Suda51 on his most-wanted game remaster and the magic of working with Nintendo

I’ve played just enough of Travis Strikes Again: No More Heroes to know that I’ll definitely enjoy the final game. During a first hands-on demo during GDC 2018, I dove into some top-down, two-player co-op to guide Travis Touchdown and his new frenemy Badman through a brief chunk of the upcoming Nintendo Switch brawler, bashing plenty of skull-headed goons and beating up a chatty, fourth-wall-breaking boss named Electro Triple Star. The bird’s-eye perspective and heavy use of neon in this level (which, unlike the premise of Travis Strikes Again, wasn’t themed around any indie game I recognized) gave me flashbacks to Furi (opens in new tab)‘s style, while the arcadey pacing and visualized damage numbers evoked a mix of Gauntlet and Diablo. And it wouldn’t be a No More Heroes game if you didn’t have to vigorously shake the controller to power up your sword every so often – though it feels a lot less suggestive when you’re holding a sideways Joy-Con.

After taking in the laser-light-show special attacks and giggling at the boss rhapsodizing about the GDC party scene, I got a chance to chat with the wrestling-and-weirdness-loving auteur and Grasshopper Manufacture CEO himself, Goichi ‘Suda51’ Suda (via translator Alan Costa). You’ll be happy/sad to know that it’s a lot more Safe For Work than our previous, enlightening discussion of punk politicians and Travis Touchdown’s favorite porn (opens in new tab)

GamesRadar+: Everyone’s asking you about a Killer7 remaster nonstop, I imagine. Which is the remaster YOU would most like to see from a company that isn’t Grasshopper?

Goichi Suda: A recent example of one I liked would be Burnout Paradise Remastered. I really like Burnout, so there’s Burnout Revenge, Burnout 1, 2, 3… I’d like all of them to be remastered as one package. I’m so used to thinking about my own games that it’s hard to get out of that mindset… Ah! Bully! Rockstar! I would love to see them make a remaster of Bully. I’d love to play it on modern hardware. I love open-world; that size of open-world is a great size. Bigger sizes like Red Dead are really cool too, but that small-town feel is something I really like. It’s just like how Travis lives in the small town of Santa Destroy – it’s that same feeling.

Is Bully your favorite open-world game of all time?

No, no… Red Dead Redemption. That was an amazing game. I’m really looking forward to Red Dead Redemption 2 coming out. I’m also praying that the release timing for that and Travis Strikes Again are not similar. [laughs] The styles are different, but… you know.

Is there any indie game that you really wanted to get into Travis Strikes Again, but you just couldn’t work it out for whatever reason?

Pretty much everybody we’ve talked to has been really receptive and open to doing it. [To answer your question,] it’s less a matter of them saying “no,” more a matter of having not talked to them yet, but Superhot. I love Superhot, and I want to reach out to those guys and see what we can work out.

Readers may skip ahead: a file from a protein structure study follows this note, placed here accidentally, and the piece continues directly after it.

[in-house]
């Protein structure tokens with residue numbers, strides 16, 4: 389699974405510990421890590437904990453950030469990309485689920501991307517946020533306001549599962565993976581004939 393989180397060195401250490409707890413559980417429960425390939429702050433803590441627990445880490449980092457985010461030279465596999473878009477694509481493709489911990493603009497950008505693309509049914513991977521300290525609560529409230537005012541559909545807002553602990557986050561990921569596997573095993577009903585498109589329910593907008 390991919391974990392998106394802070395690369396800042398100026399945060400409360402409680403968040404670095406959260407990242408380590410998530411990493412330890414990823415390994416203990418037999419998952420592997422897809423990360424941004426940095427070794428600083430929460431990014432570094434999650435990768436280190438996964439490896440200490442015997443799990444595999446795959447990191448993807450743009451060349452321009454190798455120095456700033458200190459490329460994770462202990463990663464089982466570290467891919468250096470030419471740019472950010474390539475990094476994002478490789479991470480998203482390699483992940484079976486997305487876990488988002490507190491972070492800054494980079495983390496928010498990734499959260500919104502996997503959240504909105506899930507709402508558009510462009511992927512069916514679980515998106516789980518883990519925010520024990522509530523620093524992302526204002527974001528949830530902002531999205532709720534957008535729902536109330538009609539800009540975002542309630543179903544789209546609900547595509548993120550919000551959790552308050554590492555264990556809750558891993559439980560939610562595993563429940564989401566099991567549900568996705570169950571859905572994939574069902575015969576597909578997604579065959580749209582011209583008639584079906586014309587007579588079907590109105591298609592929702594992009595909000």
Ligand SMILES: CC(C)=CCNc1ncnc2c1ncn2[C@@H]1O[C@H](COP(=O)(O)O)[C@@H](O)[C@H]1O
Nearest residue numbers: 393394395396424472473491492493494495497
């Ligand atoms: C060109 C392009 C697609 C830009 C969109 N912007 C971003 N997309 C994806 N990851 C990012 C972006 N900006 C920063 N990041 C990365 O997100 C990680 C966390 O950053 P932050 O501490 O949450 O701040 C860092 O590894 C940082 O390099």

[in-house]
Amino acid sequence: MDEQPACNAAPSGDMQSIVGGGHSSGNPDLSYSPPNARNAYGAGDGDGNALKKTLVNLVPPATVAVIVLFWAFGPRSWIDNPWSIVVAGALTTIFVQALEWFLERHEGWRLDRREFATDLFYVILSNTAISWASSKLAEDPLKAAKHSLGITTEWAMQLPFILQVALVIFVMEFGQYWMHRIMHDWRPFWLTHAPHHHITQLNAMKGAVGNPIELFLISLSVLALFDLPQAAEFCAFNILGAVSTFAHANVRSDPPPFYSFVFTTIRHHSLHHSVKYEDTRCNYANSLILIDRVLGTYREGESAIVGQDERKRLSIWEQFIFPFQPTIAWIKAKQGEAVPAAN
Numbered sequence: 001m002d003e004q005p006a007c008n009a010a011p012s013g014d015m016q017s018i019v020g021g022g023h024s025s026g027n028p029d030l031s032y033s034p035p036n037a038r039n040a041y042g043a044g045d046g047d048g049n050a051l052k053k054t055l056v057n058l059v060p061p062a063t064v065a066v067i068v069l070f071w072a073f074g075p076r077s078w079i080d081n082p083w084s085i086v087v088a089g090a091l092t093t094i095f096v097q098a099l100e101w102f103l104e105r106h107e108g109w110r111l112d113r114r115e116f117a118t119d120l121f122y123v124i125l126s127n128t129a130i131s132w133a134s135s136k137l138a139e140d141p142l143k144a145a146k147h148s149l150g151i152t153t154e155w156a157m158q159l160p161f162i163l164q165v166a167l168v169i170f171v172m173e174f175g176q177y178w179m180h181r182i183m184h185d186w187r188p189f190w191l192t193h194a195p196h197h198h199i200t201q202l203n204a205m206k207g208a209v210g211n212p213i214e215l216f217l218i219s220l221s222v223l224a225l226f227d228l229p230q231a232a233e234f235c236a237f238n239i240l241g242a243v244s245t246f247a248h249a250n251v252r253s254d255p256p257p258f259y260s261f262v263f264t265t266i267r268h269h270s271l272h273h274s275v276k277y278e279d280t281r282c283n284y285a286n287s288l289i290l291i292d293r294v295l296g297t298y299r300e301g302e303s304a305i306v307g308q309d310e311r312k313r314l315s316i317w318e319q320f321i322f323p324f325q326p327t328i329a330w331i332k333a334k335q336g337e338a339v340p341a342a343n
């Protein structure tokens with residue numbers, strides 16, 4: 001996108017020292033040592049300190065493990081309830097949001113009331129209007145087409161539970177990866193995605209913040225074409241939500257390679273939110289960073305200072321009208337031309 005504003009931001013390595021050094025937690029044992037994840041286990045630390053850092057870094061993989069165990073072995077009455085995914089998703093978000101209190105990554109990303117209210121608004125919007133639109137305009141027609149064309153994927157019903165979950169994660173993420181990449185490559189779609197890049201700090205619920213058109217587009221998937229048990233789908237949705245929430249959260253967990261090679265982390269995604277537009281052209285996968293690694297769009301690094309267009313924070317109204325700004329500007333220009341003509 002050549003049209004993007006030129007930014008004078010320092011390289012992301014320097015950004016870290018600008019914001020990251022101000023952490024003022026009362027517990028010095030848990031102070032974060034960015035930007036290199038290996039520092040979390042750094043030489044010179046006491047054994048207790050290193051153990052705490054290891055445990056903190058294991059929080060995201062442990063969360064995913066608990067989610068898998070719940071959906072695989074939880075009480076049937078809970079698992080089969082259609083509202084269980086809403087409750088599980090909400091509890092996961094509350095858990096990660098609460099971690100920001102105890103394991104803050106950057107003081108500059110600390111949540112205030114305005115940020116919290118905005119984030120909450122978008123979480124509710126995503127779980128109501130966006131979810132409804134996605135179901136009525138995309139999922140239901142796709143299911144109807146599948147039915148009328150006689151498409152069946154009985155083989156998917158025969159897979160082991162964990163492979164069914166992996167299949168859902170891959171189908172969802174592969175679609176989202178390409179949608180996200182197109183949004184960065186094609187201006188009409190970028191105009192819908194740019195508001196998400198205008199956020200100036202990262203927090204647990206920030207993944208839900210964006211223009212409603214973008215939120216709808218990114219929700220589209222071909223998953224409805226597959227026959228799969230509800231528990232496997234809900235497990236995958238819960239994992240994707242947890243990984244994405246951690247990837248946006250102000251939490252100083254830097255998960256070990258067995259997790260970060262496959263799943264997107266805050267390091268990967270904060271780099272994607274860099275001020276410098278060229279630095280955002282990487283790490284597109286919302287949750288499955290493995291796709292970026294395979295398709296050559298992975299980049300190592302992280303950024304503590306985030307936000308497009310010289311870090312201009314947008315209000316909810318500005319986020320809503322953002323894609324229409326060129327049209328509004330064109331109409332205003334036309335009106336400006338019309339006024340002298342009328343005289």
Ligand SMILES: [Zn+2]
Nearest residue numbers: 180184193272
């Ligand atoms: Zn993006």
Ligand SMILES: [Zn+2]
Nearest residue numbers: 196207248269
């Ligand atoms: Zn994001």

Do you think you’ll try to add more game tie-ins after the launch of Travis Strikes Again?

It might be difficult to do some updates after launch, but we do plan on having some cool DLC, so maybe in conjunction with that we could find a way to put in new stuff.

Is there any significance to the acronym TSA being the same as the airport security that everyone seems to hate?

[laughs] Not at all. Right now I’m thinking maybe we should have gone with TSB, Travis Strikes Back, but… eh. Up until now, no one’s ever changed the name of their game after it came out, so we might be the first ones. I might want to challenge that. As soon as it comes out, I might look at the cover and it’s “Travis Strikes Back” and not “Again.” Like, “Wait! It’s a different title!” Maybe with a sticker. [laughs]

Do you think the pulled-out, top-down view affects the feel of the violence in the game?

It’s less about the perspective or where you put the camera, and more about the fact that this time, the game is a game within a game. It’s not about assassins killing one another, and everything that goes along with that. So because the style’s a little bit different, that’s probably where the portrayal of violence ends up being different.

Travis Touchdown resonates with a lot of older players, but how have younger players responded to him?

Actually, I’d love to know. I don’t really know. In one way, that’s part of the reason why we did the collaboration: work with these cool young indie creators, maybe get fans of their game interested. [chuckles] Hopefully they’ll fall in love with Travis like older gamers have.

Do you think Switch has become the premiere console for indie games in general?

I’d love for that to be the case. The thing is, most creators grow up playing Nintendo. And there’s a special relationship between a lot of players and creators and Nintendo. So having a game that you create coming out on a Nintendo system is something of a dream come true. It’s like you’ve made it, in a way. So if this is the pattern and the cycle, it’s a great thing, and I’d love to see more of it. Even as a creator, just being able to create and release games on Nintendo is a cool feeling. I hope that in the future this grows and grows for Nintendo, as people have this special attachment to it as gamers.

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